I wish (that) she was/were a bit slimmer. (she is fat)

I wish you were not getting a cold. You’re all wet.

Past perfect subjunctive = Used in the same form as the past perfect tense; denotes past time:

If you had got up a bit earlier, you wouldn’t have missed the train. (you didn’t get up earlier)

We use the unreal tenses in second and third conditionals to express unreal or hypothetical situations and they are usually followed by wish, as if, as though, if only, it’s (high) time, would rather and would sooner, etc. to suggest that the condition they introduce is imaginary:

Supposing that you became the Prime Minister, Mr. Magento, what would you say?

If you got caught in the rain, I would feed the dog.

What if this opportunity didn’t turn up at just the right time for you?

If only I had my own car, I could drop the children off at the school.

What would you do if you inherited a fortune from your grandfather? (you probably won’t inherit a fortune)

When these expressions introduce hypothetical situations – something that didn’t happen – in the past, they are followed by the past perfect:

If only he’d listen to what she’s saying.

What if the child had touched that live electric wire?             (the child didn’t touch)

Supposing I had borrowed $20 from you. Would you have given it to me? (I didn’t borrow)

Wish + (that) + past perfect

When we talk about situations in the past that we feel sorry for or actions that we regret, we use the verb to wish followed by the past perfect:

I wish (that) the noise of the traffic hadn’t woken me (up) so early.

He wishes (that) he’d never got involved in the drug scene.

I wish I hadn’t answered back in the class.

He wishes he hadn’t taken a shortcut to town.

I wish I had spoken to Sarah before Freddie proposed to her.

Wish + (that) + would

When we talk about something we are not happy about and we are annoyed about something that is or is not happening, or we complain about something, we use to wish followed by would + infinitive:

I wish that elderly gentleman would stop coughing all the way through the concert! (He is coughing; it would be better if he didn’t.)

I wish they wouldn’t make a mess of their marriage. (they make a mess of their marriage; it would be better if they didn’t)

I wish he would stop grumbling about poor wages and long hours.

Wishing + (that) + would

We also use wish in the continuous form in informal situations:
He let his parents down by stealing. I’m just wishing he would go away!

Be careful:

We do not use wish instead of hope, when we want something to happen in the future or when we want something to have happened in the past:

I hope the blizzard doesn’t just affect the Midlands tomorrow. (Not I wish the blizzard……..)

I hope she didn’t miss a single episode of her favourite soap opera. (Not I wish she didn’t miss….)

I’d rather

We also use ‘I’d rather + past tense’, when we want a course of action to be done by someone else or prefer someone else to do that:

I’d rather you stayed a bit longer.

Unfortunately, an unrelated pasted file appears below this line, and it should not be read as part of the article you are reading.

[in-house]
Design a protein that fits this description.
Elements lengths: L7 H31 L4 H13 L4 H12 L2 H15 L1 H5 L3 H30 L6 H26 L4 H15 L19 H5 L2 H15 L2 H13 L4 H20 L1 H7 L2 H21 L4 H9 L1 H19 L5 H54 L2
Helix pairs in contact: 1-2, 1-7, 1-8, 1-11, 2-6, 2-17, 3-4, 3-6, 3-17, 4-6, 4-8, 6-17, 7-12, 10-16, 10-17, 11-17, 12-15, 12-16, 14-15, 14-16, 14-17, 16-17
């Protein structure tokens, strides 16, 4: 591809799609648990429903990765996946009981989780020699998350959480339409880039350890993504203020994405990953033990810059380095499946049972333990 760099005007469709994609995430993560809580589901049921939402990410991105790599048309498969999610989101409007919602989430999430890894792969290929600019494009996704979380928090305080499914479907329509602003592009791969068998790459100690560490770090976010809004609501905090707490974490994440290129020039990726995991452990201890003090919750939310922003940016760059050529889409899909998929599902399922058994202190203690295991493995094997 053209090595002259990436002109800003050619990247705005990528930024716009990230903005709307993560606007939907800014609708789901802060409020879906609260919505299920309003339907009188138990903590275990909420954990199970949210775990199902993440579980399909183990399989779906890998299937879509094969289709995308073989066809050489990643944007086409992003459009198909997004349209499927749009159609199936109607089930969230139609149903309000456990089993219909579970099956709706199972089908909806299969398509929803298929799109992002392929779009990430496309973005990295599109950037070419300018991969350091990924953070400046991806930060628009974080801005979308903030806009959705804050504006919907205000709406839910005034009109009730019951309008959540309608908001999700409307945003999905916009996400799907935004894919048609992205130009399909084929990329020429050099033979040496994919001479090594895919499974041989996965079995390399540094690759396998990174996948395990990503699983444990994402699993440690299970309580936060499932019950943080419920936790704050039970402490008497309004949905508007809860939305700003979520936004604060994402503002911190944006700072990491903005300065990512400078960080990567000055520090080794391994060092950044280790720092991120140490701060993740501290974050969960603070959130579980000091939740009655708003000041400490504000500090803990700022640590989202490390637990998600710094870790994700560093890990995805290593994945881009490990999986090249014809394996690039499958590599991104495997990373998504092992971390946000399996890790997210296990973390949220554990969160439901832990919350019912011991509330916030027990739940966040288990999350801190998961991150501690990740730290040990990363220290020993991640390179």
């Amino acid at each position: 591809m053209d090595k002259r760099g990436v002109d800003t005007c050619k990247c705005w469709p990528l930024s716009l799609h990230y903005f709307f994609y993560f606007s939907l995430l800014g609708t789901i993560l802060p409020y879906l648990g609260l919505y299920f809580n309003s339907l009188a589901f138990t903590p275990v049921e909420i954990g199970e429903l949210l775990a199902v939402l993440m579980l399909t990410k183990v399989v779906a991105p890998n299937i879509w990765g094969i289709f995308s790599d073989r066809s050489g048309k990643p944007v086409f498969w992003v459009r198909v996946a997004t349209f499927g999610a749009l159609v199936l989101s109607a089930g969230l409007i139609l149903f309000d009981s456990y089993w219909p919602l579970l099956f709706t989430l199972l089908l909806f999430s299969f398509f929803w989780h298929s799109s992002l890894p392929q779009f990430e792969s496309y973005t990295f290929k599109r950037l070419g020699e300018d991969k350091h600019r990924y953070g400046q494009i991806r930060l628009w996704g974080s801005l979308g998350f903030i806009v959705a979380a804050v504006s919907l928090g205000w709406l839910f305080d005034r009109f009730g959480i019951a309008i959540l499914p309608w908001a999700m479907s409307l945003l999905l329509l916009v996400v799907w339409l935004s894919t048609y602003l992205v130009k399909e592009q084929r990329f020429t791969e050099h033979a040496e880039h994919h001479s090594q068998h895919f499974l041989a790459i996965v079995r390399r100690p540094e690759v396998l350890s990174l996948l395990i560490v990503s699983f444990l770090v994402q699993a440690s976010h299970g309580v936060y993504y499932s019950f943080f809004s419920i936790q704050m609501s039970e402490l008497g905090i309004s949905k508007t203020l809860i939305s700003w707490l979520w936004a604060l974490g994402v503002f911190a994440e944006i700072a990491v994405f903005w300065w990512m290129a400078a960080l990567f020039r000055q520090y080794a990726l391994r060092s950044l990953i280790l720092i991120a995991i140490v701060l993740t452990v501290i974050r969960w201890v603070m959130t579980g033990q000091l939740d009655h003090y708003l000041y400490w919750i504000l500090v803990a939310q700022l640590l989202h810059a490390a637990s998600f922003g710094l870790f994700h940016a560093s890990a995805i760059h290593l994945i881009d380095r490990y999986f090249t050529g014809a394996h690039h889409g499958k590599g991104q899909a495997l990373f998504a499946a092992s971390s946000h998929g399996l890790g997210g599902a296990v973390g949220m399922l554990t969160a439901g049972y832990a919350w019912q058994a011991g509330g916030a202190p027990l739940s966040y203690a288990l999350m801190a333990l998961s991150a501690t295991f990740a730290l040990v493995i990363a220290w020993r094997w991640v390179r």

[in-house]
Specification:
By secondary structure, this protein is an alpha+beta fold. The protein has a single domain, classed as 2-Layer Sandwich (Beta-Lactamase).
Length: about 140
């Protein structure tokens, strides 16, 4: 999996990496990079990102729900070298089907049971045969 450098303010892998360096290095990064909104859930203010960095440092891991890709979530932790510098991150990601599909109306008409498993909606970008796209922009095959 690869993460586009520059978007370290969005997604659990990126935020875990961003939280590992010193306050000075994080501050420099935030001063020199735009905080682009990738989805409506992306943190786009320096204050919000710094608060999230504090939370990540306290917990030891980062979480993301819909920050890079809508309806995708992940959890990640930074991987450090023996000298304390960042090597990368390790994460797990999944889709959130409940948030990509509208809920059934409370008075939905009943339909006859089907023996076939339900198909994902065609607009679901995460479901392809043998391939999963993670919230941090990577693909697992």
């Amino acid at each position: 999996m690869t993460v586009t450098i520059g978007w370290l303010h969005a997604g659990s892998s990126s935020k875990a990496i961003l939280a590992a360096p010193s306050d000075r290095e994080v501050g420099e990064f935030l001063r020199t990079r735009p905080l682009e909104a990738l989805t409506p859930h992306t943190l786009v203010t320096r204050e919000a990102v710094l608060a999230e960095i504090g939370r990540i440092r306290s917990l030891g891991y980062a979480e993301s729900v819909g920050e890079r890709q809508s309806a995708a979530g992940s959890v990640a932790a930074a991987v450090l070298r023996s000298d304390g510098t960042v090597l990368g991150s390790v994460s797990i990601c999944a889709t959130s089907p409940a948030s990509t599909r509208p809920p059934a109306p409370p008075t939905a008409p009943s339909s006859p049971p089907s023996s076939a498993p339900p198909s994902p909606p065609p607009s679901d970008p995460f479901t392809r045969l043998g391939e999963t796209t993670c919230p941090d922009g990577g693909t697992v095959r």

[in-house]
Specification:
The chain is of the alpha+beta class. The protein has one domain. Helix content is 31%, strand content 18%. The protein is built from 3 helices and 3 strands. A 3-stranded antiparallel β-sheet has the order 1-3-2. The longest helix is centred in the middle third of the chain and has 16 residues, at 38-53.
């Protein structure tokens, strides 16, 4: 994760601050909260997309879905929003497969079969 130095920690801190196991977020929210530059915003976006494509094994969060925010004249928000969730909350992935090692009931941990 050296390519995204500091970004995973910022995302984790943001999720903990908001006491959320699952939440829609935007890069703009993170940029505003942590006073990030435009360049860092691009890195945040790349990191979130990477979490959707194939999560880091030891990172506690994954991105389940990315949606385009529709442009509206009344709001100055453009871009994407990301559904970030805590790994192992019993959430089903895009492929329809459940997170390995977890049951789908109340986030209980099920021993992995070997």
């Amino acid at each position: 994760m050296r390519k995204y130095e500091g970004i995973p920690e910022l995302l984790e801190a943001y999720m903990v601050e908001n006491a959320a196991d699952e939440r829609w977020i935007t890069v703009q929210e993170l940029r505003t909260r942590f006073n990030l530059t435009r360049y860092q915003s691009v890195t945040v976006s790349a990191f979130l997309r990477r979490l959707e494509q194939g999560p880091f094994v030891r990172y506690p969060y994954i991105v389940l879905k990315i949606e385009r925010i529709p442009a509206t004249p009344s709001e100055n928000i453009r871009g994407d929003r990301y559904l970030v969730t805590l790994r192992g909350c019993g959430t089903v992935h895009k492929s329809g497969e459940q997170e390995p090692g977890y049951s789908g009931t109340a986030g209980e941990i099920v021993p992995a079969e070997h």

He’d rather you helped him clean out the stables.

I’d rather you didn’t tease him about his weight.

In the following sentences, we are putting emphasis to show our desire:

I’d rather you patched things up with her after your row. (instead of making war)

He’d rather you talked about your exams. (instead of going out)

He’d rather you helped him finish the household chores. (instead of whiling away)

As if vs. As though

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As if = Used to express that something is unlikely and should not be considered
As though = The same as ‘as if’

The difference between ‘as if’ and ‘as though’ is subtle and both of them can be used interchangeably. However, ‘as if’ is more common than ‘as though’:

She acts as if she were Cleopatra.

It was as if a great weight had been lifted off my back.

He looks as if he has had his lunch.

It looks as though I’ve been here before.

He is nowhere in sight.  It looks as though his car was stuck in traffic.

 

We can use was or were in informal English or conversation, however, in formal writing we use were:
She looked at me as if I were lying.                            (formal)

She looked at me as if I was/were lying.                    (spoken English)

 

If the situation is based on fact or reality, we use a real tense to show present time:

He looks as if he doesn’t like to talk about those years. (he doesn’t like to talk).

He looks as if he has the knowledge of her whereabouts. (he has the knowledge of her whereabouts)

 

We also use a real tense to refer past time, if the situation is true:
He seems as if he hasn’t taken a bath for days. (= he hasn’t taken a bath for days)

 

The Clauses beginning with as if/ as though define an unreal or improbable situation when
they are followed by an unreal tense (the past subjunctive or the past perfect subjunctive).

He looks as if he had no knowledge of her whereabouts. (he gives the impression of not
having any knowledge of her whereabouts, but (probably) has or we don’t know whether
he has or not)

He looks as if he didn’t like to talk about those days. (= he gives the impression that he (probably) doesn’t like to talk about those days or we don’t know whether he likes or not)

 

When the verb preceding as if/ as though is in the past and it (as if/ as though) is followed by past subjunctive, the structure will be:

He looked as if he didn’t like to talk about those days. (= whether he liked or didn’t like to talk can only be inferred from the context).

 

We use the past perfect subjunctive after as if/ as though to denote an unreal past situation.

He seems as if he hadn’t taken a bath for days. (= it seems that he hasn’t taken a bath for days, but he (probably) has or we are not sure of it)

 

If the verb before as if/ as though is in the past, the verb following the as if/ as though comes in the past perfect and the structure of the sentence will be:

He seemed as if he hadn’t taken a bath for days.

 

More examples:

The old woman says it looks as though her troubles were over.

In the beginning, it looked as though the project would not see the light of day.

Hello! Anybody home? It looks as though everyone else has left. (perhaps everyone has left)

Grandma looked as though she was annoyed by the sound of music.

Lately he’s been bossing us around as though he were the owner of the company.

He looks as though he was running late for the office. (perhaps he was late)

She looked as if she didn’t mind my asking such a personal question. (= whether she was
bothered or not by my asking the personal question can only be inferred from the context).

He looks as if he is an expert on the subject. (= he is an expert)

He looks as if he was/were an expert on the subject. (he gives the impression that he is an expert and we are not sure of it)